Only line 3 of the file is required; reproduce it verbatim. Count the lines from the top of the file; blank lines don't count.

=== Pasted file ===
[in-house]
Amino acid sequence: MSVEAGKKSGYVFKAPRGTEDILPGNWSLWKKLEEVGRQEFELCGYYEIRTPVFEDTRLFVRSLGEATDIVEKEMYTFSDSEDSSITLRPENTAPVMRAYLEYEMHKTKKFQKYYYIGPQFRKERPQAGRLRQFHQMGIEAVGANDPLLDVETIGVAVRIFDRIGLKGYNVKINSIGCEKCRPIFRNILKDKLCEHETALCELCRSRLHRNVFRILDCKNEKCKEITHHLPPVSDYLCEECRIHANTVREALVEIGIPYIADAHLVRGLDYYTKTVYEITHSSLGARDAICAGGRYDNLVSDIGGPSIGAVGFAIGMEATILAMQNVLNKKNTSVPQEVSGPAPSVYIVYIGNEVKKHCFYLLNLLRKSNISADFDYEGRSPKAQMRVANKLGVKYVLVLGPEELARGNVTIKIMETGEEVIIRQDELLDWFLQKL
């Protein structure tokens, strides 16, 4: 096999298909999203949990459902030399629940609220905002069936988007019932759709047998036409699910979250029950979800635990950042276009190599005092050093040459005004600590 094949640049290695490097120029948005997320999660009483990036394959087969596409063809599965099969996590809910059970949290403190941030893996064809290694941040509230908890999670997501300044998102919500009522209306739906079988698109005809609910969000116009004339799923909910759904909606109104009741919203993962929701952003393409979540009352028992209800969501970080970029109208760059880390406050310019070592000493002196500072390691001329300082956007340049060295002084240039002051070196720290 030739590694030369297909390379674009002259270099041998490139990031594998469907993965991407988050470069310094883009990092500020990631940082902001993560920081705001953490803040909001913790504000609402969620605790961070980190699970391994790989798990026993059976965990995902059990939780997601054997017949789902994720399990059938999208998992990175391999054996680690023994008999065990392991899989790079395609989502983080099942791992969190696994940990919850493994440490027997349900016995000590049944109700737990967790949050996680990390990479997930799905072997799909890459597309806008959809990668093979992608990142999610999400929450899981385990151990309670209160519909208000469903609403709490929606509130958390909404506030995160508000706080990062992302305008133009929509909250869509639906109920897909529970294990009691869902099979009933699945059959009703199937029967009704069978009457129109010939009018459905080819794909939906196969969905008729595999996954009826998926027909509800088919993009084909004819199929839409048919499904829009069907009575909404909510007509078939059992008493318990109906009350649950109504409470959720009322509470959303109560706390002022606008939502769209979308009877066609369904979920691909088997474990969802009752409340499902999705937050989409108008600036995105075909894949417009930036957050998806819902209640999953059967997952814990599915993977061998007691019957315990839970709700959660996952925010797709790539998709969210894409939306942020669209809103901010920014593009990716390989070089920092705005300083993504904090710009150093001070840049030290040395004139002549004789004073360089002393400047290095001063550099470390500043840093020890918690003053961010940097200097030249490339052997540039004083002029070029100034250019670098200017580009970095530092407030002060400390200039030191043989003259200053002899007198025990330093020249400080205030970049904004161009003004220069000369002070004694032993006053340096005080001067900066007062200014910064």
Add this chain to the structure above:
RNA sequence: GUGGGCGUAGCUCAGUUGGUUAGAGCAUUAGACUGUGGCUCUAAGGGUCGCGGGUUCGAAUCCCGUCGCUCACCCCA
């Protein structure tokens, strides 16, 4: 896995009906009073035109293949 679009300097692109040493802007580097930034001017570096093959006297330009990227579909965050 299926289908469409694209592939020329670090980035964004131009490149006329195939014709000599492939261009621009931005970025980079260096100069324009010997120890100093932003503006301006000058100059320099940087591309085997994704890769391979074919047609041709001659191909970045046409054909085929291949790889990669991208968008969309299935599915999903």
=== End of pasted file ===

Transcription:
């Protein structure tokens, strides 16, 4: 096999298909999203949990459902030399629940609220905002069936988007019932759709047998036409699910979250029950979800635990950042276009190599005092050093040459005004600590 094949640049290695490097120029948005997320999660009483990036394959087969596409063809599965099969996590809910059970949290403190941030893996064809290694941040509230908890999670997501300044998102919500009522209306739906079988698109005809609910969000116009004339799923909910759904909606109104009741919203993962929701952003393409979540009352028992209800969501970080970029109208760059880390406050310019070592000493002196500072390691001329300082956007340049060295002084240039002051070196720290 030739590694030369297909390379674009002259270099041998490139990031594998469907993965991407988050470069310094883009990092500020990631940082902001993560920081705001953490803040909001913790504000609402969620605790961070980190699970391994790989798990026993059976965990995902059990939780997601054997017949789902994720399990059938999208998992990175391999054996680690023994008999065990392991899989790079395609989502983080099942791992969190696994940990919850493994440490027997349900016995000590049944109700737990967790949050996680990390990479997930799905072997799909890459597309806008959809990668093979992608990142999610999400929450899981385990151990309670209160519909208000469903609403709490929606509130958390909404506030995160508000706080990062992302305008133009929509909250869509639906109920897909529970294990009691869902099979009933699945059959009703199937029967009704069978009457129109010939009018459905080819794909939906196969969905008729595999996954009826998926027909509800088919993009084909004819199929839409048919499904829009069907009575909404909510007509078939059992008493318990109906009350649950109504409470959720009322509470959303109560706390002022606008939502769209979308009877066609369904979920691909088997474990969802009752409340499902999705937050989409108008600036995105075909894949417009930036957050998806819902209640999953059967997952814990599915993977061998007691019957315990839970709700959660996952925010797709790539998709969210894409939306942020669209809103901010920014593009990716390989070089920092705005300083993504904090710009150093001070840049030290040395004139002549004789004073360089002393400047290095001063550099470390500043840093020890918690003053961010940097200097030249490339052997540039004083002029070029100034250019670098200017580009970095530092407030002060400390200039030191043989003259200053002899007198025990330093020249400080205030970049904004161009003004220069000369002070004694032993006053340096005080001067900066007062200014910064």